...but the upshot is, A6M2s were painted in what I think is best described as a "pistachio green" color. Apparently the old chestnut that they were light grey comes from the fact that this paint, when exposed to strong UV light and salty air for an extended period tends to get chalky (and thus appear grey). But the actual color, as widely noted on J-aircraft and many other places, is most decidedly a green shade. To my eye it looks a lot like RLM 02, but slightly greener. The attached image has been shown to several people who have done research on this color, and they're in agreement that it's pretty close (as close as one can get with RGB colors on a computer monitor). Tamiya makes a spray can of this color that came out at the same time as their 1/32 A6M2 kit.

 

J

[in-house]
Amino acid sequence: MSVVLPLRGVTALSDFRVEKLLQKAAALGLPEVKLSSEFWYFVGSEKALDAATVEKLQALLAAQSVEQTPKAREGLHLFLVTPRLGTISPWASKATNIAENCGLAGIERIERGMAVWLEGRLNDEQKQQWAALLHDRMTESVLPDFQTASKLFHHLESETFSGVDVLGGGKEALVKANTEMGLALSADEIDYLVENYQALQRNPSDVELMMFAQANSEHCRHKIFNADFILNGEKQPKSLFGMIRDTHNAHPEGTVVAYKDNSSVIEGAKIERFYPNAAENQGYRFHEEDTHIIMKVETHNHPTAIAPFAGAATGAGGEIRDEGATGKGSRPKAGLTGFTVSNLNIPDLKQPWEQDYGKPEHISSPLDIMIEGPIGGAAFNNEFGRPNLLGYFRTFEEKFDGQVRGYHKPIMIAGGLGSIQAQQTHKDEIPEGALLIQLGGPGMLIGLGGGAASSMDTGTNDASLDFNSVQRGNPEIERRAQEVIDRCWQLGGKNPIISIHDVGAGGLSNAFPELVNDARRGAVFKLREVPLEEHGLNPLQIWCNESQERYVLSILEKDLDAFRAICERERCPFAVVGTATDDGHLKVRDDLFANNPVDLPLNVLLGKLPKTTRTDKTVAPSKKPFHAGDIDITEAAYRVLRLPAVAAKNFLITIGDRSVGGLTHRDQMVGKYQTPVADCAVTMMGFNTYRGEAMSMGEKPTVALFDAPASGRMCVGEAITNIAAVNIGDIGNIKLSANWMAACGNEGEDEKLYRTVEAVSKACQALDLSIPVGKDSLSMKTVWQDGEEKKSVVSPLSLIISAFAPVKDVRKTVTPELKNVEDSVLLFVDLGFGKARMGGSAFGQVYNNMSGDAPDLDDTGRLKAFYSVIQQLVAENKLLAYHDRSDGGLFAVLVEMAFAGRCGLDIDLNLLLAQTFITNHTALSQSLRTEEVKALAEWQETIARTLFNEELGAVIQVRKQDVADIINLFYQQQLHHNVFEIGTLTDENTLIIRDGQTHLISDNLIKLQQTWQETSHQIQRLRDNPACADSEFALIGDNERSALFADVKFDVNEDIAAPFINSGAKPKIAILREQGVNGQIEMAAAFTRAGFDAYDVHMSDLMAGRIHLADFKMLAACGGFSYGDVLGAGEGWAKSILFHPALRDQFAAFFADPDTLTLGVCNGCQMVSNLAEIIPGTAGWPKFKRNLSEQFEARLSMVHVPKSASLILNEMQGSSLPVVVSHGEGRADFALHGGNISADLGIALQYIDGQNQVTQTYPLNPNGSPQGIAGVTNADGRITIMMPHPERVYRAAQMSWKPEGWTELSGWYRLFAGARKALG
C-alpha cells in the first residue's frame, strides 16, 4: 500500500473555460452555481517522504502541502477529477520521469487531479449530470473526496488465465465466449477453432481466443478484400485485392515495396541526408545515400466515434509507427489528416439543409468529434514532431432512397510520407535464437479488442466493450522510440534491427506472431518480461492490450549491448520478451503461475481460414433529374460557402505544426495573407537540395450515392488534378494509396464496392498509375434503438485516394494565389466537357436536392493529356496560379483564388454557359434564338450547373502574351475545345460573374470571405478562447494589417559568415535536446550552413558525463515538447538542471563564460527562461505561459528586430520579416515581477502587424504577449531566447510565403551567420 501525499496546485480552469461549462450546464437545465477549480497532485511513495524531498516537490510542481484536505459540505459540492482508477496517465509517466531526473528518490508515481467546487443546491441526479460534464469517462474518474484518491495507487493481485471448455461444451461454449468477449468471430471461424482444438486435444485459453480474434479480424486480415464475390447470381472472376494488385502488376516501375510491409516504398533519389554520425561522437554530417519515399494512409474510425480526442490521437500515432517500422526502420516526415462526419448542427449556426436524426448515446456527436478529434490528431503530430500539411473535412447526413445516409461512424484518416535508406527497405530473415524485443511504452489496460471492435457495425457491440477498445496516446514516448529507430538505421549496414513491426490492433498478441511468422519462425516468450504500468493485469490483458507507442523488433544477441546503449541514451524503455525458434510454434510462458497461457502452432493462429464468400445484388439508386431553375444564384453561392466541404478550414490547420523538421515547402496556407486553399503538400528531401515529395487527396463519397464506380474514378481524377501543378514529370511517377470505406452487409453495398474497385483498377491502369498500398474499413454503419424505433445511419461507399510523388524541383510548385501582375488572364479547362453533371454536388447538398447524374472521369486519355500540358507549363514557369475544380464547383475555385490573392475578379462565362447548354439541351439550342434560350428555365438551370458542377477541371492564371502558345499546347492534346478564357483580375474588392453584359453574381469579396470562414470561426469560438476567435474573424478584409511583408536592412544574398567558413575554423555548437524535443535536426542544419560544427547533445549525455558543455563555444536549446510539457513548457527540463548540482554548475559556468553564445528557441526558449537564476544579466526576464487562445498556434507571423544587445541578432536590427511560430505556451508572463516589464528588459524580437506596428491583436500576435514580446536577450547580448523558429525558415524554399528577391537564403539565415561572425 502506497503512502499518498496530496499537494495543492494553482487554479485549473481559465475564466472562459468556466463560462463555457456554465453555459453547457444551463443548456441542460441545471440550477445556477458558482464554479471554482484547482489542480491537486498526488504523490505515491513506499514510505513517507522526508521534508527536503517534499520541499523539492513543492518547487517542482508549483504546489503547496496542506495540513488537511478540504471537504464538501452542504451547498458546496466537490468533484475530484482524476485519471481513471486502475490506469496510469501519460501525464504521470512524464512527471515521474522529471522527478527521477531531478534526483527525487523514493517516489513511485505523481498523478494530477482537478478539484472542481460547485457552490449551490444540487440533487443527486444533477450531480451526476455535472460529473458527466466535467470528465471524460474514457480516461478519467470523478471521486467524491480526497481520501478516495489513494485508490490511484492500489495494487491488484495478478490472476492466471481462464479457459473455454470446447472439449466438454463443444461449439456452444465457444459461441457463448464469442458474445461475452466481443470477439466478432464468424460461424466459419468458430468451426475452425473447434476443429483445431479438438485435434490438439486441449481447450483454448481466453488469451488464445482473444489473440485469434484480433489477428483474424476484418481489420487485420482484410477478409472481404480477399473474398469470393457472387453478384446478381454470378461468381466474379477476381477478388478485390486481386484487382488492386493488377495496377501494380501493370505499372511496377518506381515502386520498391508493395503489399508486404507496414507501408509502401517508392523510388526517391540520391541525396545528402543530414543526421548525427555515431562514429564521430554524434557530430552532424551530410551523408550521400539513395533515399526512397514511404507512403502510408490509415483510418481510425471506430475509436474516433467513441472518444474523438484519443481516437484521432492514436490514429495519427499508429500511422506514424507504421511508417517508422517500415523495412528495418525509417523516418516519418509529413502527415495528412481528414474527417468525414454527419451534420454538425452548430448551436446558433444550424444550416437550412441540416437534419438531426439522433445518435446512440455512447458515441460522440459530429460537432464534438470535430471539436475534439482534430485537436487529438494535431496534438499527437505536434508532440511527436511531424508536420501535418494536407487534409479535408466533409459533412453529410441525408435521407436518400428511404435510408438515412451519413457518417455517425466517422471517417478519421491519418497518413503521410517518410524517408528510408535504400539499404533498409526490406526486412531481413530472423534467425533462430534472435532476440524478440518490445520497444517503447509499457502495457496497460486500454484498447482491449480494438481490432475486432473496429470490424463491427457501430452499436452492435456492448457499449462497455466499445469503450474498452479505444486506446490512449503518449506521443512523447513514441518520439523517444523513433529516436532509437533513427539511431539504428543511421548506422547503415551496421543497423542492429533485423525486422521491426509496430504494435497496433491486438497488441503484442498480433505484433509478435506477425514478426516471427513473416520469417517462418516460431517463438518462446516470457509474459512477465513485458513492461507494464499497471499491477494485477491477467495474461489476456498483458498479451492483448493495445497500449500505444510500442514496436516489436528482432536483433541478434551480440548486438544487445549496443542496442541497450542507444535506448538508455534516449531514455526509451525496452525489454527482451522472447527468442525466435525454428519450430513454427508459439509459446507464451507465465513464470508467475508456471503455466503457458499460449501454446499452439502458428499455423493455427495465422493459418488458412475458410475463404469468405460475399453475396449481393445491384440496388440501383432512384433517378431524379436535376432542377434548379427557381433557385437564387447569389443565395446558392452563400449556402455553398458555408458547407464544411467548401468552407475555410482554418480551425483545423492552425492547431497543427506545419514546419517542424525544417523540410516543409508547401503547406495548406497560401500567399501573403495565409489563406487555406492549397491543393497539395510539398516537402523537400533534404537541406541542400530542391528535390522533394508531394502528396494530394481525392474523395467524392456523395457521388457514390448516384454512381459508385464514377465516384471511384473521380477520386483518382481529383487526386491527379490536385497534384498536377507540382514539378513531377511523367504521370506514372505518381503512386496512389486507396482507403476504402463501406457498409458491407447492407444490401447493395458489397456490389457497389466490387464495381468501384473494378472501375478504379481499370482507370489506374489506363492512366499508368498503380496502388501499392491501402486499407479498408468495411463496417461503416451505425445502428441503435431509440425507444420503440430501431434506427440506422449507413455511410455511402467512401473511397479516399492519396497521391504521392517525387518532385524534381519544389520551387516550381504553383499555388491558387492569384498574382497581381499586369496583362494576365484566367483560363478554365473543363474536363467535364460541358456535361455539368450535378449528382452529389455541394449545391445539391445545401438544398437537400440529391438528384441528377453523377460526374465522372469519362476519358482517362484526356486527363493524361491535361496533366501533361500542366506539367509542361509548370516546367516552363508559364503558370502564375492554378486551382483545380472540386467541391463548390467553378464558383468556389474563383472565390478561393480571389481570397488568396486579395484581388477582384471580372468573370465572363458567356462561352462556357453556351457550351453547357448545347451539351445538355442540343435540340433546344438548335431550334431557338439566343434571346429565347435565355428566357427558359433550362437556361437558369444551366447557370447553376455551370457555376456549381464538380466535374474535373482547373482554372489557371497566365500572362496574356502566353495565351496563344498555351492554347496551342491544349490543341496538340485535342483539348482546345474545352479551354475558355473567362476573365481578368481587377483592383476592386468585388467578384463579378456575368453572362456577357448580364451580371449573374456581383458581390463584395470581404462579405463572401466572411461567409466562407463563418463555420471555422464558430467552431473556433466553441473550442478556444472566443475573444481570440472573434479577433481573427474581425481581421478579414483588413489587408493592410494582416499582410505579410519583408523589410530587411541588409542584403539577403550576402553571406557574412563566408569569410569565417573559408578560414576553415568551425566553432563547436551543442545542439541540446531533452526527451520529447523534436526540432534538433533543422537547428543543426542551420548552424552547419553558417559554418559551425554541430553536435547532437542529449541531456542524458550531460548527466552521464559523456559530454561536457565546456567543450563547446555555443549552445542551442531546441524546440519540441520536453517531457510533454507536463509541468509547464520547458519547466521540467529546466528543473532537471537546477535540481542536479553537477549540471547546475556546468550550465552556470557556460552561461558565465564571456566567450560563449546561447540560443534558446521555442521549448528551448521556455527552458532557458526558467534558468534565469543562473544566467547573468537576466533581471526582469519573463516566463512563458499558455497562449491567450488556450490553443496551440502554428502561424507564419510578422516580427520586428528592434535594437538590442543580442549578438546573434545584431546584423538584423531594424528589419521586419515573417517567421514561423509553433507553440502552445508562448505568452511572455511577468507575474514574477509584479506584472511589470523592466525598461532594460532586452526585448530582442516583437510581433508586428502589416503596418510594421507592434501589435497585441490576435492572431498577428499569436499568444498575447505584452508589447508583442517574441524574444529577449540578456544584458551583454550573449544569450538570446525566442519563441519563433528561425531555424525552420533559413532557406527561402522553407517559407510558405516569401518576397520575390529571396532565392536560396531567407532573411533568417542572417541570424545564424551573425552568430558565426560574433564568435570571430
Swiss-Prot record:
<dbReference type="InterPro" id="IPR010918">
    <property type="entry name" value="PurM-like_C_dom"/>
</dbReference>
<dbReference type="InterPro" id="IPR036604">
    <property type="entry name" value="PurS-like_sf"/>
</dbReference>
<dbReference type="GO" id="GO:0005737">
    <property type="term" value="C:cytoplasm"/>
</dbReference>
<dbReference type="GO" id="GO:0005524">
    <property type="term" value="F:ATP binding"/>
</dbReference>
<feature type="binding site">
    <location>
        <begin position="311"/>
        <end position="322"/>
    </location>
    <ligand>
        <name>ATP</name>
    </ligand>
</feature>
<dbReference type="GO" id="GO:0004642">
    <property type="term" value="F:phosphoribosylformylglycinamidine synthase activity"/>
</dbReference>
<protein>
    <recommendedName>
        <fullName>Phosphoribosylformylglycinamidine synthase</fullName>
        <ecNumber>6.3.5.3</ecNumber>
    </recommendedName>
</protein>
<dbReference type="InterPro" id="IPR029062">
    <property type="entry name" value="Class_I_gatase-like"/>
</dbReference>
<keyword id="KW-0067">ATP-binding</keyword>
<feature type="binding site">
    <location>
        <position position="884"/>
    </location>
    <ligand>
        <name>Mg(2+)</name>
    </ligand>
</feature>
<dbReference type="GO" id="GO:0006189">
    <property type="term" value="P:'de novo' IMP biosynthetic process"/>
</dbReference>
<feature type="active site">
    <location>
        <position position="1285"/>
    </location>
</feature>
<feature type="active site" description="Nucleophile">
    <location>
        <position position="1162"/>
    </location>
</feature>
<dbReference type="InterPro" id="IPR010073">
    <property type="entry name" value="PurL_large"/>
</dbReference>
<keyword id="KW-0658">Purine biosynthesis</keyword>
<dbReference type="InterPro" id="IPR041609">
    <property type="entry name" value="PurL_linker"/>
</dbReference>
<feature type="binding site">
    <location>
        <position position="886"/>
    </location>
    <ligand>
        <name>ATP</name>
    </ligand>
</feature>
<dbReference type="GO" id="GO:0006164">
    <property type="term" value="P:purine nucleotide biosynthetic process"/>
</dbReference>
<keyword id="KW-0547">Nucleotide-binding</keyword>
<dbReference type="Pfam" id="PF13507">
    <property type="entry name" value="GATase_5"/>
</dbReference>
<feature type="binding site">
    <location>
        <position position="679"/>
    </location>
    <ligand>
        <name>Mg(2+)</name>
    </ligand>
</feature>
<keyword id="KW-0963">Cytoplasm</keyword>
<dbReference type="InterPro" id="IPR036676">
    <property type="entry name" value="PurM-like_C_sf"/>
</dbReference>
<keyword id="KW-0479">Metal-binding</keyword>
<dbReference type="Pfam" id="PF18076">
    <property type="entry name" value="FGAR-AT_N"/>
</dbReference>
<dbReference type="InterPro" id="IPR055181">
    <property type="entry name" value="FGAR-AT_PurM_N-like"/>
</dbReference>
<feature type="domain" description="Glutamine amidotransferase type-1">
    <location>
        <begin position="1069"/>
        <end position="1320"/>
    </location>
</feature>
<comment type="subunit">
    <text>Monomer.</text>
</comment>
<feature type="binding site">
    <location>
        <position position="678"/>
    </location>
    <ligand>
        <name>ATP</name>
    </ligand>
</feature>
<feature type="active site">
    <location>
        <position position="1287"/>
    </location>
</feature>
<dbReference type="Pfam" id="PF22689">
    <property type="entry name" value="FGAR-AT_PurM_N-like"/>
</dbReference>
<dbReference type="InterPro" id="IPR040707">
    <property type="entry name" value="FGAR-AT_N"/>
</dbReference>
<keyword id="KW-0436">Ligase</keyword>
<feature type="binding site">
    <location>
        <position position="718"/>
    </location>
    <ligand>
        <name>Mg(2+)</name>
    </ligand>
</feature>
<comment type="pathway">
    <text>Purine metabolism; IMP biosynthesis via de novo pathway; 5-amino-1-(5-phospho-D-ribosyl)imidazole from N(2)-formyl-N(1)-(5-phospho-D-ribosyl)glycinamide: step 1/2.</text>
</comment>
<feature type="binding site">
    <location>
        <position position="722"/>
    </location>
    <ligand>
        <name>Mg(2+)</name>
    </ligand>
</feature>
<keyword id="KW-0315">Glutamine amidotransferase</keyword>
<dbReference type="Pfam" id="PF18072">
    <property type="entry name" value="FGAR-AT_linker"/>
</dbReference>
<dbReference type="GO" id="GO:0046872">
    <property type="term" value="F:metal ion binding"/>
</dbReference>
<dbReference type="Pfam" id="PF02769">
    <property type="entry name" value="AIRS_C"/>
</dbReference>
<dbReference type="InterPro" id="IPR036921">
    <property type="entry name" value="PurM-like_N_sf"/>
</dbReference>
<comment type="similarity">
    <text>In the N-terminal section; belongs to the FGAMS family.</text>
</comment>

No, pistachio green is not the correct color..it's far too green. The paint that Tamiya calls out (XF-76?) is not correct for either make of A6M2 Model 11 or 21. The correct english interpretation of the color is olive-grey and the absolute color changes between Mitsubishi and Nakajima built aircraft. The correct color has a distinct olive hue to it. I don't have the Japanese color reference at hand but Greg Springer has developed paint mixes for the Tamiya colors to accurately reflect the extant relics. Your chosen aircraft was built by Mitsubishi. If you want absolute accuracy, then you will have to mix paints to get the correct shade. To answer your question; yes, White Ensign Models Colourcoat paints are available online from White Ensign Models in the UK. Below, I've listed the Tamiya color mixes that will produce the correct color (Mitsubishi) of the zeros that flew over Pearl Harbor. These mixes were developed by Greg Springer and are absolutely based on relic evidence from crashed A6M2's that were evaluated at Pearl. Without further ado: